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Telltale Signs You’re Not Prepared for Hurricanes in Georgia

Living in Georgia you need to be prepared to protect your family from hurricanes. Here’s what to expect and the signs you’re not prepared.

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Hurricanes are deadly serious weather events that can devastate an entire area. As such, they deserve our attention not only when the weather service advises of an imminent arrival, but well in advance with every preparation effort we can make.

Given that, what are the signs that you’re not prepared? And more importantly, how can you be prepared for the next hurricane?

signs you are not prepared for hurricanes in georgia

What is a Hurricane?

Hurricanes are intense tropical storms with sustained winds above 74 mph. That’s a Category 1 hurricane. You can find the five categories of hurricanes listed below along with the type of damage to expect.

Hurricane Category Sustained Winds Expected Damage
174 to 95 mphSome damage to roof, vinyl siding, gutters, trees toppled, branches down, power lines and poles down, power loss for a few to several days.
296 to 110 mphExtensive damage to frame homes and trees, power poles down, power loss for days to weeks.
3111 to 129 mphDevastating damage, loss of roof and gable ends, trees and power poles down, loss of both power and water for weeks.
4130 to 156 mphCatastrophic damage, loss of roof and some walls, most trees and power poles down, loss of power for weeks or months. Area uninhabitable for weeks or months.
5157 mph or higherHigh percentage of frame homes destroyed with total roof failure and wall collapse. Power out for weeks or months. Area uninhabitable.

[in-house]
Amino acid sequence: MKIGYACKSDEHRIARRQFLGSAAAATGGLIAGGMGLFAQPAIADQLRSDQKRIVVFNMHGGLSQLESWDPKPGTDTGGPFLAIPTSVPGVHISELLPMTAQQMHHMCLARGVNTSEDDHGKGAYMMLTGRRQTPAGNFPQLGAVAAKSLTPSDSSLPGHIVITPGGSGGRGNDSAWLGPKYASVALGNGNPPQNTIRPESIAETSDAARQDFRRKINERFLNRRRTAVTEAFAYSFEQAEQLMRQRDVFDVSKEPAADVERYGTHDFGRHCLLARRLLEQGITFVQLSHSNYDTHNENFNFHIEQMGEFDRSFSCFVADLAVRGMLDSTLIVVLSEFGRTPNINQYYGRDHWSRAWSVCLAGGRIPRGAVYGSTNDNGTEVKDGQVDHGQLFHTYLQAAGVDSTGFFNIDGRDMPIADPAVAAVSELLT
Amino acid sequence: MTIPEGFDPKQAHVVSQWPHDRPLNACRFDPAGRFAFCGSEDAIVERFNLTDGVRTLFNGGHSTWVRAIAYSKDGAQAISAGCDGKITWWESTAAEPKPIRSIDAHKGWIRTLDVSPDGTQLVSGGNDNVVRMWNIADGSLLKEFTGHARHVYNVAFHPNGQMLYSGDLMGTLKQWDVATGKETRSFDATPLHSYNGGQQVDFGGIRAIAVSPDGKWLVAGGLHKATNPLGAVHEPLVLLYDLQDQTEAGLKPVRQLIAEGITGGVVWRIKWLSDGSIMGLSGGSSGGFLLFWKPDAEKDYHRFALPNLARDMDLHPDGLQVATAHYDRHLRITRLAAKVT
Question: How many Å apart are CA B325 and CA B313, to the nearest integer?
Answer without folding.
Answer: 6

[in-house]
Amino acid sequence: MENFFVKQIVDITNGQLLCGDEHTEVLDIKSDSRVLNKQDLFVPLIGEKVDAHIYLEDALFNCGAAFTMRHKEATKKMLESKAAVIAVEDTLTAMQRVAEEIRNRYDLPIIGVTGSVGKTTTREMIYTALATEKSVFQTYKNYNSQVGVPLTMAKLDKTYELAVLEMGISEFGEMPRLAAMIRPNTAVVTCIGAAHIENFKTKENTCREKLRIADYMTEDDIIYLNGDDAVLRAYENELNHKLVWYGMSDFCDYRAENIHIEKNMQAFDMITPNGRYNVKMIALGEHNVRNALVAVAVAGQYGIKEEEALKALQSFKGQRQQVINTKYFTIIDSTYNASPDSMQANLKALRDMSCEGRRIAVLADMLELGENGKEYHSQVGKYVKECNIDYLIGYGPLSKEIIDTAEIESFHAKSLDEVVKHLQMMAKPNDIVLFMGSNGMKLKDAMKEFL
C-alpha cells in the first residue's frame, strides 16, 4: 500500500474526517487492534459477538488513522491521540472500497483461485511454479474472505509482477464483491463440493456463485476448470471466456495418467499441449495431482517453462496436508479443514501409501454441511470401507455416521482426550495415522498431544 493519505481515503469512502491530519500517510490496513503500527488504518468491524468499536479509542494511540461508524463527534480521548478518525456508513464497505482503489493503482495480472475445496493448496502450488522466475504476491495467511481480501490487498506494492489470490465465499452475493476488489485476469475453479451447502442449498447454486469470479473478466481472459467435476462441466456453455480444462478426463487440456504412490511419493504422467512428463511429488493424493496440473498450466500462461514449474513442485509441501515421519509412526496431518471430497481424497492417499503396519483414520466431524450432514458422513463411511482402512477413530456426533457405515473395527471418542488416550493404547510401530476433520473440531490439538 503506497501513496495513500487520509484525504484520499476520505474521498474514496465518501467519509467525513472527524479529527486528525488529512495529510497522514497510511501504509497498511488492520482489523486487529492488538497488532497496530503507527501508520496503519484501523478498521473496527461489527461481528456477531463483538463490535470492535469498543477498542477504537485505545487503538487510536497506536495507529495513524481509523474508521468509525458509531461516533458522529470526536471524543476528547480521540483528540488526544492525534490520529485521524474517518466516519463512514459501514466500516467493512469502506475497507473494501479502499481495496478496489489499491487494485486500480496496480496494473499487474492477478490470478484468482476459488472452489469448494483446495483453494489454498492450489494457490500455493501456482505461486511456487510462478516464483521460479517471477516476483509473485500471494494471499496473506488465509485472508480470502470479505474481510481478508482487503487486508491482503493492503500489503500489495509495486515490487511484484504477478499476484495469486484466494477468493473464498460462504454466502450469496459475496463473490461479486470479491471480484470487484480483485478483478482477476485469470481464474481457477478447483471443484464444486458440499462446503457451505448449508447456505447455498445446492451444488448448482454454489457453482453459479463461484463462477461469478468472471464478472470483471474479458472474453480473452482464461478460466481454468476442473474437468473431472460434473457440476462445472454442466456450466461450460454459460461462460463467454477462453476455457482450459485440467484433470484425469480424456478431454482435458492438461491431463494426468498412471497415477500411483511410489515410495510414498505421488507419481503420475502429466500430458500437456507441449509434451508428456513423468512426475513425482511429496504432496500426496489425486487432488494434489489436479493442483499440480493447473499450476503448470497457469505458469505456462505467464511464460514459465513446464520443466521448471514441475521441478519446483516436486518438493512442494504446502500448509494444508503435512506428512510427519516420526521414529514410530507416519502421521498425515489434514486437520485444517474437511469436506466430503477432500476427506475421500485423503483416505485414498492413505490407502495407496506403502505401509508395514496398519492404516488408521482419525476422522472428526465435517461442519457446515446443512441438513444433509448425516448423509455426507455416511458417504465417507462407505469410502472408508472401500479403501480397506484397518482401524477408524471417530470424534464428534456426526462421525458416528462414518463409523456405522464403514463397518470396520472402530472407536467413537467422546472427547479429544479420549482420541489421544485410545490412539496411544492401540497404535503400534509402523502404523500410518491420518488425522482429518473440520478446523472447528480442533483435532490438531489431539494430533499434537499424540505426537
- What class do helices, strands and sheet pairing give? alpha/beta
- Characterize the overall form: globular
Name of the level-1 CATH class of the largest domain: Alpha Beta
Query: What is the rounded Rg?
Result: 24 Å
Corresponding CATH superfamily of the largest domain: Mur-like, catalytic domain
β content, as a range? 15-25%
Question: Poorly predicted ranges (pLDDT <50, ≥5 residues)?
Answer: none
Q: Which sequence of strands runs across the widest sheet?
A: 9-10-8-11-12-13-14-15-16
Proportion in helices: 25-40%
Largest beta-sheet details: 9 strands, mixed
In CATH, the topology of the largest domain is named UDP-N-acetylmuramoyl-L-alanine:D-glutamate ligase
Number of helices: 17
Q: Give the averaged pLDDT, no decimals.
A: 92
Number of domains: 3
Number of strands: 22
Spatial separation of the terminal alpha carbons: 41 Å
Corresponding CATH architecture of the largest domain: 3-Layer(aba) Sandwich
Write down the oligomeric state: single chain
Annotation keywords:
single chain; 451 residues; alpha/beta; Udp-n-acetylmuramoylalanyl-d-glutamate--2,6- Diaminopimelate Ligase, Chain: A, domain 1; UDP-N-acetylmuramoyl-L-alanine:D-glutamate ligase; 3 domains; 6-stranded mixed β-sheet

Source: OSHA Hurricane Preparedness https://www.osha.gov/hurricane/preparedness

Reading through the list of ever-increasing winds, it’s hard to even grasp what that could mean to you and your home. But looking more closely at the expected damage provides more insight along with a fair bit of motivation. 

Starting at Category 2 hurricanes, a loss of power can be expected for days to weeks. At Category 3, it ramps up to the loss of power and water for weeks. And it only gets worse from there, moving into months or just plain uninhabitable.

That covers hurricane winds. But it’s the related weather that also does damage. The storm surge, a huge wave of water driven in front of the hurricane, is the leading cause of hurricane-related fatalities. Flooding from heavy rains is the second leading cause. Not only that but the rains and flooding can last for days after the hurricane.

Do Hurricanes Hit Georgia?

Since records have been kept starting in 1851, Georgia ranks seventh among states hit by hurricanes with 22 direct hits and three major hurricanes, rated at Category 3 or higher. For more insight, see our article Worst U.S. Cities for Hurricane Damage where Savannah is rated fourth in cities most frequently hit by hurricanes, with 5.3 per decade.

It may be hard to imagine a hurricane hitting the Atlanta area unless you experienced Hurricane Michael in 2018. Hurricane Michael was only the fourth Category 5 hurricane to make landfall in the U.S. since 1850. It arrived at the Florida Panhandle and quickly moved north into Georgia. Wind gusts of 60 to 75 mph were recorded by NWS Atlanta/Peachtree, with steady winds of 40 to 50 mph. Damage included more than five inches of rain in some areas along with three tornadoes. Power outages lasted for up to a week and longer in some areas.  

Signs You’re Not Prepared